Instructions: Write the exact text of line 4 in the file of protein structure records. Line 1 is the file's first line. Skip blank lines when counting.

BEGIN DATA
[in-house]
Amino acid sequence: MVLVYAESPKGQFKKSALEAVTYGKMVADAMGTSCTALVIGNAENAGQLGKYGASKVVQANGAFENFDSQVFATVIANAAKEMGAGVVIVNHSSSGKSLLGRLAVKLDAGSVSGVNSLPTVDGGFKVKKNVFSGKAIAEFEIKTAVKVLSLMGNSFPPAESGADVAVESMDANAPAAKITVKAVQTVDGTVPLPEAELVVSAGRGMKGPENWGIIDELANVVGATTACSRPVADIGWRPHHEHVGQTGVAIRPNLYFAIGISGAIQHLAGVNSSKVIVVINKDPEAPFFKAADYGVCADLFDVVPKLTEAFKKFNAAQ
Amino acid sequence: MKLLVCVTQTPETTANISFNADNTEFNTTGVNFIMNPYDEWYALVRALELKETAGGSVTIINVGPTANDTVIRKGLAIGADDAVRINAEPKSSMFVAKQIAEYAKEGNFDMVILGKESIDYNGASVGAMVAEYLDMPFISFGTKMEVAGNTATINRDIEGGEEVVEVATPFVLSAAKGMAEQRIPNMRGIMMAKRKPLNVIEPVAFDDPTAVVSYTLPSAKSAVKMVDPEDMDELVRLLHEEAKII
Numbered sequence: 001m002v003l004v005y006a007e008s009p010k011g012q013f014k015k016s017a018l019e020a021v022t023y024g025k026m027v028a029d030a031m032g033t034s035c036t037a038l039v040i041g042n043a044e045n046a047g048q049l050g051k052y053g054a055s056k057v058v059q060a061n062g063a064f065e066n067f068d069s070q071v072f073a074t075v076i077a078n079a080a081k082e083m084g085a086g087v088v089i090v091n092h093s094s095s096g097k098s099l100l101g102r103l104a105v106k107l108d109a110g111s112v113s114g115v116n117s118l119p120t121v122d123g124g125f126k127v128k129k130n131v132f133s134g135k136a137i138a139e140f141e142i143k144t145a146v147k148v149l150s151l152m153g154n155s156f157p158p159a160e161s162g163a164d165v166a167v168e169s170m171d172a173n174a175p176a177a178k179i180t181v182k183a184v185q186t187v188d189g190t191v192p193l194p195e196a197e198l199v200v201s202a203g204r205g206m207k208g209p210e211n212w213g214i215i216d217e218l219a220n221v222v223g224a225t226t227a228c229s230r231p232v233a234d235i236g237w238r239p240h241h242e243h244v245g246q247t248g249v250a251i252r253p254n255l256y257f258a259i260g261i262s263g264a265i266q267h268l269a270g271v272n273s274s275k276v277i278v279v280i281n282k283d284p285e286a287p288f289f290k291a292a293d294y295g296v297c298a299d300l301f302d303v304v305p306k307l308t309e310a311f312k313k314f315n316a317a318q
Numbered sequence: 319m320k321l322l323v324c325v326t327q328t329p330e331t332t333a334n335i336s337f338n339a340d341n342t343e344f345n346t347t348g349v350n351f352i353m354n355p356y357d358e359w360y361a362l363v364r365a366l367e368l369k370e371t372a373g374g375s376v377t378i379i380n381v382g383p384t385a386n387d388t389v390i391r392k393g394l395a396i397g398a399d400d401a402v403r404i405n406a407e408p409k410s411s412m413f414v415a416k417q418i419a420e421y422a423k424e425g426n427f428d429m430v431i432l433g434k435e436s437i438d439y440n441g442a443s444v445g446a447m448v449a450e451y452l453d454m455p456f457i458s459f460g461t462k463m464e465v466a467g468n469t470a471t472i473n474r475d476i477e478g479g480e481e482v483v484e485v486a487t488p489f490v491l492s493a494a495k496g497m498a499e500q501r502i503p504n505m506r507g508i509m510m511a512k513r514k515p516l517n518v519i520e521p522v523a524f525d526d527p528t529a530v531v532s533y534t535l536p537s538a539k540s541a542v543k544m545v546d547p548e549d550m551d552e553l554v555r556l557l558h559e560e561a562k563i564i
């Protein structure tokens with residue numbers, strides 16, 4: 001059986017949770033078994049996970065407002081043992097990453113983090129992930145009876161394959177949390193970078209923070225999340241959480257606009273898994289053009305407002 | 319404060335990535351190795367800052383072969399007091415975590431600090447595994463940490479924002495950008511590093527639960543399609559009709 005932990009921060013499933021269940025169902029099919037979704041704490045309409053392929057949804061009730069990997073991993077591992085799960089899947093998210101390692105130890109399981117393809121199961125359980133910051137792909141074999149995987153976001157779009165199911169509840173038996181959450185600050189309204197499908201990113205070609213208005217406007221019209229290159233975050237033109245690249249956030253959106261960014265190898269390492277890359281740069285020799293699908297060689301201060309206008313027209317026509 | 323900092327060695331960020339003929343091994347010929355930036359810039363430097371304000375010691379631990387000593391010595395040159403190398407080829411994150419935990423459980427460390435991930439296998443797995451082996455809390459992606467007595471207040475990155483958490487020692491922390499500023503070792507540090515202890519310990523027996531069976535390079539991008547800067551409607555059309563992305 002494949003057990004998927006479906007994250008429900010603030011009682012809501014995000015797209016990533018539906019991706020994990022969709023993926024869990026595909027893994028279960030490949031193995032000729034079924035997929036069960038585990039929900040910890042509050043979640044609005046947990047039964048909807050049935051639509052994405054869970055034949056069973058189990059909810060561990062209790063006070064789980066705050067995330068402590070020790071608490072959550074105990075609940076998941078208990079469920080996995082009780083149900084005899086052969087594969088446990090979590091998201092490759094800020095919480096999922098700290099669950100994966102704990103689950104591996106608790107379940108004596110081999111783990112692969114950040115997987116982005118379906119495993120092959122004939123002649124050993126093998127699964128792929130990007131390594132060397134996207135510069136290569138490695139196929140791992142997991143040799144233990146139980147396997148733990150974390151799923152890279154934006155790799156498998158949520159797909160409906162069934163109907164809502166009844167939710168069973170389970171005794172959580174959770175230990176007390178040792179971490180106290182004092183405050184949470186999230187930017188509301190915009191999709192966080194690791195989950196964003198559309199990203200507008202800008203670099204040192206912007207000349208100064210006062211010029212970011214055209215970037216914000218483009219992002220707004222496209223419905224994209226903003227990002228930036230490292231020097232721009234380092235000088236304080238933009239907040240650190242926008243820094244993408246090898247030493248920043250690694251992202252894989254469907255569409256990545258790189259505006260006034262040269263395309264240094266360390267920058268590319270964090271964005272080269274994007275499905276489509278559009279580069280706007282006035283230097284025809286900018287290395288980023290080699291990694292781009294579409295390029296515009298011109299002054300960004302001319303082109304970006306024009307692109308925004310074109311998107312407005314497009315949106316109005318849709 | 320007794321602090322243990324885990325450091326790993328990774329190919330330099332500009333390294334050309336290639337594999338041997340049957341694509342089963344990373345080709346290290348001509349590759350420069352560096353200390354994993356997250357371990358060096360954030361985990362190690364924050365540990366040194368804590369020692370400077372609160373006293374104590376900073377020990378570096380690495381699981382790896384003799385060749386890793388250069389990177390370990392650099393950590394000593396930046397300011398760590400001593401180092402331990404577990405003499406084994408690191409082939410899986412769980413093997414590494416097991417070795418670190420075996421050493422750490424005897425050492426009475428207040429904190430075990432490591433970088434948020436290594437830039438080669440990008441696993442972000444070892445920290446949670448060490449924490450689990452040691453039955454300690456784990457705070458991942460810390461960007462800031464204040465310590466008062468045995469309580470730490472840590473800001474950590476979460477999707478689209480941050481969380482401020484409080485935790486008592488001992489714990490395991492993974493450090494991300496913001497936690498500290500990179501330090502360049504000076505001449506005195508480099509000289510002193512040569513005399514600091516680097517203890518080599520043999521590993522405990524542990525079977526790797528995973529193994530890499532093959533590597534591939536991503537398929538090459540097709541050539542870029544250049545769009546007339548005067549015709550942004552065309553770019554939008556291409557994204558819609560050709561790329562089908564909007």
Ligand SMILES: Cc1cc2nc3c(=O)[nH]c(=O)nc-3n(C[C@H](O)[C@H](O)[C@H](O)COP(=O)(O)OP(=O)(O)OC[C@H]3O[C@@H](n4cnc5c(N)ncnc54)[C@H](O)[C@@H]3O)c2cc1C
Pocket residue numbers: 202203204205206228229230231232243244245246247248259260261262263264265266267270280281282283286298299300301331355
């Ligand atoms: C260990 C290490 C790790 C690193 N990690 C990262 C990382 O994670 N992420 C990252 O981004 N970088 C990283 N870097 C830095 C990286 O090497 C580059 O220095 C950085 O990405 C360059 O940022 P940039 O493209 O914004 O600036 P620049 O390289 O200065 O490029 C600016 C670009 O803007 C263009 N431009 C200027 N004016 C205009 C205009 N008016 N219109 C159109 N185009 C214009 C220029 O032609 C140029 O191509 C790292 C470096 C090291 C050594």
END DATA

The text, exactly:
Numbered sequence: 001m002v003l004v005y006a007e008s009p010k011g012q013f014k015k016s017a018l019e020a021v022t023y024g025k026m027v028a029d030a031m032g033t034s035c036t037a038l039v040i041g042n043a044e045n046a047g048q049l050g051k052y053g054a055s056k057v058v059q060a061n062g063a064f065e066n067f068d069s070q071v072f073a074t075v076i077a078n079a080a081k082e083m084g085a086g087v088v089i090v091n092h093s094s095s096g097k098s099l100l101g102r103l104a105v106k107l108d109a110g111s112v113s114g115v116n117s118l119p120t121v122d123g124g125f126k127v128k129k130n131v132f133s134g135k136a137i138a139e140f141e142i143k144t145a146v147k148v149l150s151l152m153g154n155s156f157p158p159a160e161s162g163a164d165v166a167v168e169s170m171d172a173n174a175p176a177a178k179i180t181v182k183a184v185q186t187v188d189g190t191v192p193l194p195e196a197e198l199v200v201s202a203g204r205g206m207k208g209p210e211n212w213g214i215i216d217e218l219a220n221v222v223g224a225t226t227a228c229s230r231p232v233a234d235i236g237w238r239p240h241h242e243h244v245g246q247t248g249v250a251i252r253p254n255l256y257f258a259i260g261i262s263g264a265i266q267h268l269a270g271v272n273s274s275k276v277i278v279v280i281n282k283d284p285e286a287p288f289f290k291a292a293d294y295g296v297c298a299d300l301f302d303v304v305p306k307l308t309e310a311f312k313k314f315n316a317a318q